Let’s take a look at the differences between a CPU vs GPU in detail.
Central Processing Unit (CPU)
A Central Processing Unit (CPU) is the brain of any computer or server. Any dedicated server will come with a physical CPU (sometimes two or four) to perform the basic processing of the operating system. Cloud VPS servers have virtual cores allocated from a physical chip.
Historically, if you have a task that requires a lot of processing power, you add more CPU power and allocate more clock cycles to the tasks that need to happen faster.
Many basic servers come with two to eight cores, and some powerful servers have 32, 64 or even more processing cores. CPU cores have a high clock speed, usually in the range of 2-4 GHz.
Graphics Processing Unit (GPU)
A Graphics Processing Unit (GPU) is a type of processor chip specially designed for use on a graphics card. GPUs that are not used specifically for drawing on a computer screen, such as those in a server, are sometimes called General Purpose GPUs (GPGPU).
The clock speed of a GPU may be lower than modern CPUs (normally in the range of 500-800 MHz), but the number of cores on each chip is much denser. This allows a GPU to perform a lot of basic tasks at the same time. In its intended original purpose, this has meant calculating the position of hundreds of thousands of polygons simultaneously and determining reflections to quickly render a single shaded image for, say, a video game.
A basic graphics card might have 700-1000 processing cores, while modern powerful cards might have 3000 cores or more! Additionally, core speed on cards is steadily increasing, with the latest cards having over 1.2GHz per core.
Wow! Why Not Run the Whole Operating System on the GPU?
There are, of course, restrictions. One of the major ones being that all the cores in a GPU are designed to only process the same operation at once (this is referred to as SIMD: Single Instruction, Multiple Data). So, if you are making 1000 individual similar calculations, like cracking a password hash, a GPU can work great by executing each one as a thread on its own core with the same instructions. But, using the cores like a traditional CPU for kernel operations (like writing files to a disk, opening new index pointers, or controlling system states) would be much slower.
GPUs have more operational latency because of their lower speed, and the fact that there is more ‘computer’ between them and the memory compared to the CPU. The transport and reaction times of the CPU are lower (better) since it is designed to be fast for single instructions.
By comparison to latency, GPUs are tuned for greater bandwidth, which is another reason they are suited for massive parallel processing. They weren’t designed to perform the quick individual calculations that CPUs are capable of. So, if you were generating a single password hash instead of cracking one, then the CPU will likely perform best.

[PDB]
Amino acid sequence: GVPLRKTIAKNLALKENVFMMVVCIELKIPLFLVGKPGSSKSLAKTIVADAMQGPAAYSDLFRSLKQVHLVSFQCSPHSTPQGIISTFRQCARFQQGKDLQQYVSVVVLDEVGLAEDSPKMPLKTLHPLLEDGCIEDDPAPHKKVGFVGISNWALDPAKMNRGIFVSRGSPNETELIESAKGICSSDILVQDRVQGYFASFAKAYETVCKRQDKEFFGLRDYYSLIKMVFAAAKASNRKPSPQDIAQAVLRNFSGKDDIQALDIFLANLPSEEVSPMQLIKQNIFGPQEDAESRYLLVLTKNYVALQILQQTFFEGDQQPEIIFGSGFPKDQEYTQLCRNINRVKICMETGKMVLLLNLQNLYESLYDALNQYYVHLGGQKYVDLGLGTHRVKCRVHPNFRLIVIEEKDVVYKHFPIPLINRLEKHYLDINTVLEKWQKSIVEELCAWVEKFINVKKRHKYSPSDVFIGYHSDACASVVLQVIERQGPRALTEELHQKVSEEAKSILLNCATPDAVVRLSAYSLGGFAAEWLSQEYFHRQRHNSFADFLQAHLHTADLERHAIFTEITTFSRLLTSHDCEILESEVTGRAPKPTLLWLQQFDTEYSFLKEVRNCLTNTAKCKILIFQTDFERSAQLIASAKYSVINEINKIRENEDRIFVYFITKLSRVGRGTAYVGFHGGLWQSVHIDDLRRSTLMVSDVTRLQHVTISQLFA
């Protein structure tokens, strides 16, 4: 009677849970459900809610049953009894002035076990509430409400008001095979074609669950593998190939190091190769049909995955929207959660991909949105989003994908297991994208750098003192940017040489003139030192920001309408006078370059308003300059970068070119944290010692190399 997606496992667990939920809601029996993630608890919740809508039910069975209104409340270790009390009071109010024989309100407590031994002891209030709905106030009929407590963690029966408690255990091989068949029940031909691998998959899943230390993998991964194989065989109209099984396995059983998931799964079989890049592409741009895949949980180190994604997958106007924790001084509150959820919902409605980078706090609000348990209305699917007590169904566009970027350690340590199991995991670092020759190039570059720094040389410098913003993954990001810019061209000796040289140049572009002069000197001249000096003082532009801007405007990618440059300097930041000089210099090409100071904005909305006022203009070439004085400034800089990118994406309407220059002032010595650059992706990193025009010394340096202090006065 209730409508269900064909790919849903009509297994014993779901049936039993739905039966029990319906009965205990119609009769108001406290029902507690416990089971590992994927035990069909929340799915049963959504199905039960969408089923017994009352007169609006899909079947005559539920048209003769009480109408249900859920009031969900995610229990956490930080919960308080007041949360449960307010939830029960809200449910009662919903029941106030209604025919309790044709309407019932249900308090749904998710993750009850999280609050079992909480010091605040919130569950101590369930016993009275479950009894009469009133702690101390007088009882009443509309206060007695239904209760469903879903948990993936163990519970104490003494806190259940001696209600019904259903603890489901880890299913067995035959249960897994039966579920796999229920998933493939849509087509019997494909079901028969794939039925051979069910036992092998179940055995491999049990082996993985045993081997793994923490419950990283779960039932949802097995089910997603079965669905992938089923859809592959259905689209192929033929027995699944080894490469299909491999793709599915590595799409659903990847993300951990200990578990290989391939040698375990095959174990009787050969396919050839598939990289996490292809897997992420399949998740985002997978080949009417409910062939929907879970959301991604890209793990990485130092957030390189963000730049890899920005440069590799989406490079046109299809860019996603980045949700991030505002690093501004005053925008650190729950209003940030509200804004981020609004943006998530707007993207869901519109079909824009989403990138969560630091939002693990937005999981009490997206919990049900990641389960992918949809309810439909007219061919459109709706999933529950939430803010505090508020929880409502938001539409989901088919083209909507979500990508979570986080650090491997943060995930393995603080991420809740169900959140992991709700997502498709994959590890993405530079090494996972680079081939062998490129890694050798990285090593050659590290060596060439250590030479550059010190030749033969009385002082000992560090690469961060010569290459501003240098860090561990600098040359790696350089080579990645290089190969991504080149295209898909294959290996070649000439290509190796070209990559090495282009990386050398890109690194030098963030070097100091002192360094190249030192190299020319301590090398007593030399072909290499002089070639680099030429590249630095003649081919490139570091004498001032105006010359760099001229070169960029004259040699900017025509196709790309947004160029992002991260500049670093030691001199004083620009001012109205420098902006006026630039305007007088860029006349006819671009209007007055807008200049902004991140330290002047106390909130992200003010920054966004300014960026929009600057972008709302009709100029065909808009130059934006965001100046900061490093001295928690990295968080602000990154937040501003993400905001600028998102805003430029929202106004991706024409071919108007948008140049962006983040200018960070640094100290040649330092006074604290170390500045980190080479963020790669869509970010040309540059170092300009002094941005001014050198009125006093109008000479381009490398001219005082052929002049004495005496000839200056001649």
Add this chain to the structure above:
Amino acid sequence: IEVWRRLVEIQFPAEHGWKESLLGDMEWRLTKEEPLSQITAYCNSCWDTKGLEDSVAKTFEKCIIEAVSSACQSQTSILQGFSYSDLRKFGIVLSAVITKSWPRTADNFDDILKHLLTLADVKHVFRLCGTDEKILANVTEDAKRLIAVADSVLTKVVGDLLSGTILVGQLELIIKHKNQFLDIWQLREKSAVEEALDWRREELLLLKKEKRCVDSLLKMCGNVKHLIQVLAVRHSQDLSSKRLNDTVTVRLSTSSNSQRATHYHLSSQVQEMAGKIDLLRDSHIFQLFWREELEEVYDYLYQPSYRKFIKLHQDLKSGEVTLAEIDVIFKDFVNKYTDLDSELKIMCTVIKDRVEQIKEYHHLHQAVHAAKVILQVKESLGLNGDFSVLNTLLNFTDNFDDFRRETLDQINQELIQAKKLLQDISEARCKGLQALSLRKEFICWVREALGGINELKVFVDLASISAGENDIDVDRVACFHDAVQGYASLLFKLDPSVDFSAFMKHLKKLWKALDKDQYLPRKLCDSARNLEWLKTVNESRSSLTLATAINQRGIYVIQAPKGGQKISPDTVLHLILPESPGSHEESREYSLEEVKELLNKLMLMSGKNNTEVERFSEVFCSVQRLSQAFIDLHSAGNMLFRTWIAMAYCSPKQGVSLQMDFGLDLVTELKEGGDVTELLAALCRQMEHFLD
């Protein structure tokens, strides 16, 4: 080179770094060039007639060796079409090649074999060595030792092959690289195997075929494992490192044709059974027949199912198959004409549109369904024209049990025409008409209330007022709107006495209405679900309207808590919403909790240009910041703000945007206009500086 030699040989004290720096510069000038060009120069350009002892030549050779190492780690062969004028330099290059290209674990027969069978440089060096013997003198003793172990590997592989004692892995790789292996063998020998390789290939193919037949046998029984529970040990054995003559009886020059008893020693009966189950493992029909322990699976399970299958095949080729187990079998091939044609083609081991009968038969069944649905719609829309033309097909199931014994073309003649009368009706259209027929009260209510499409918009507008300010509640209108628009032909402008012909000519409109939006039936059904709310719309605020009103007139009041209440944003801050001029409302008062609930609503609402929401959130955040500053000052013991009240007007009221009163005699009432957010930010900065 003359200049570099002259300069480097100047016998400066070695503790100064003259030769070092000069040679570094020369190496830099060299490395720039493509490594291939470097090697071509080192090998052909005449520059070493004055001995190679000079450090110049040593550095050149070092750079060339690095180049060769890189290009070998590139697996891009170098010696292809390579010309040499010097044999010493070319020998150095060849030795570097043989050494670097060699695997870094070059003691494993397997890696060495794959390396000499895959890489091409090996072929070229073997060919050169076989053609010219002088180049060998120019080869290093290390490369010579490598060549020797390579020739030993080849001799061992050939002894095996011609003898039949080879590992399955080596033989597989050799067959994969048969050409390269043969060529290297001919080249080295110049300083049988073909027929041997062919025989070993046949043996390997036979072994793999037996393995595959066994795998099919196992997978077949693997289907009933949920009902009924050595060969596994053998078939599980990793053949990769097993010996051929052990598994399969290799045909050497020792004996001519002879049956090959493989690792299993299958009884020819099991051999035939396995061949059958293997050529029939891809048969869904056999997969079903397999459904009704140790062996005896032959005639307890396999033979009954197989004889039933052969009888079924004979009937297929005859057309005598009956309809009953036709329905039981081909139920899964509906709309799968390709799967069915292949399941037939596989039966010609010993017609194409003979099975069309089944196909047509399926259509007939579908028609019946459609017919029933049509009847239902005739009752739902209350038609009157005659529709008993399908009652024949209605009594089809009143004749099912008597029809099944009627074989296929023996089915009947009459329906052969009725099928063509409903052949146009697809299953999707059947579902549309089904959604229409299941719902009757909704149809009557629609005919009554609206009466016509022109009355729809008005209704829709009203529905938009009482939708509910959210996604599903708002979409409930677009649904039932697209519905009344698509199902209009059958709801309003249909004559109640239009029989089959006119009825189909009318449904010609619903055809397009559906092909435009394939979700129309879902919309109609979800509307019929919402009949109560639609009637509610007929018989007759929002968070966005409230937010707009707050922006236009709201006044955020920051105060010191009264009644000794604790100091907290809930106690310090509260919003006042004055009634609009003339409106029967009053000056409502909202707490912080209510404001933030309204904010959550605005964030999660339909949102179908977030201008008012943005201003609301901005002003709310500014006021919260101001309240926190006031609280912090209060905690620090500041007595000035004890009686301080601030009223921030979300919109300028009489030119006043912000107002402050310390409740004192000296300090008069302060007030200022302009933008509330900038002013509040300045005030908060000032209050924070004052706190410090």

GPU vs CPU: Can They Work Together?
There isn’t exactly a switch on your system you can turn on to have, for instance, 10% of all computation go to the graphics card. In parallel processing situations, where commands could potentially be offloaded to the GPU for calculation, the instructions to do so must be hard-coded into the program that needs the work performed.
Luckily, graphics card manufacturers like NVidia and open source developers provide free libraries for use in common coding languages like C++ or Python that developers can use to have their applications leverage GPU processing where it is available.
What are Some of the Applications Where a GPU Might Be Better?
Your server doesn’t have a monitor. But graphics cards can be applied toward tasks other than drawing on a screen.
The application of GPUs in supercomputers is for any intense general purpose mathematical processing, but the research is usually scientific in nature:
- Protein chain folding and element modeling
- Climate simulations, such as seismic processing or hurricane predictions
- Plasma physics
- Structural analysis
- Deep machine learning for AI
One of the more famous uses for graphics cards is mining for cryptocurrencies, like Bitcoin.
This essentially performs a lot of floating point operations to decrypt a block of pending transactions. The first machine to find the correct solution, verified by other miners, gets bitcoins (but only after the list of transactions has grown a certain amount). Graphics cards are perfect for performing a lot of floating point operations per second (FLOPS), which is what is required for effective mining.
What about Applications for Commodity Servers?
It’s difficult to do many of these things with a single dedicated web server. There are certainly more plug-and-play applications. GPUs, as we saw earlier, are really great at performing lots of calculations to size, locate, and draw polygons. So, naturally one of the tasks they excel at is generating graphics:
- CAD rendering and fluid dynamics
- 3D modeling and animation
- Geospatial visualization
- Video editing and processing
- Image classification and recognition
Another sector which has greatly benefited from the trend of GPUs in servers is finance or stock market strategy:
- Portfolio risk analysis
- Market trending
- Pricing and valuation
- Big data exploration
A host of additional applications exist which you might not consider for use on graphics cards, too:
- Speech to text and voice processing
- Relational databases and parallel queries
- End-user deep learning and marketing strategy development
- Identifying defects in manufactured parts through image recognition
- Password recovery (hash cracking)
- Medical imaging
This is just the start of what GPU can do for you! Nvidia publishes a list of applications that have GPU accelerated processing.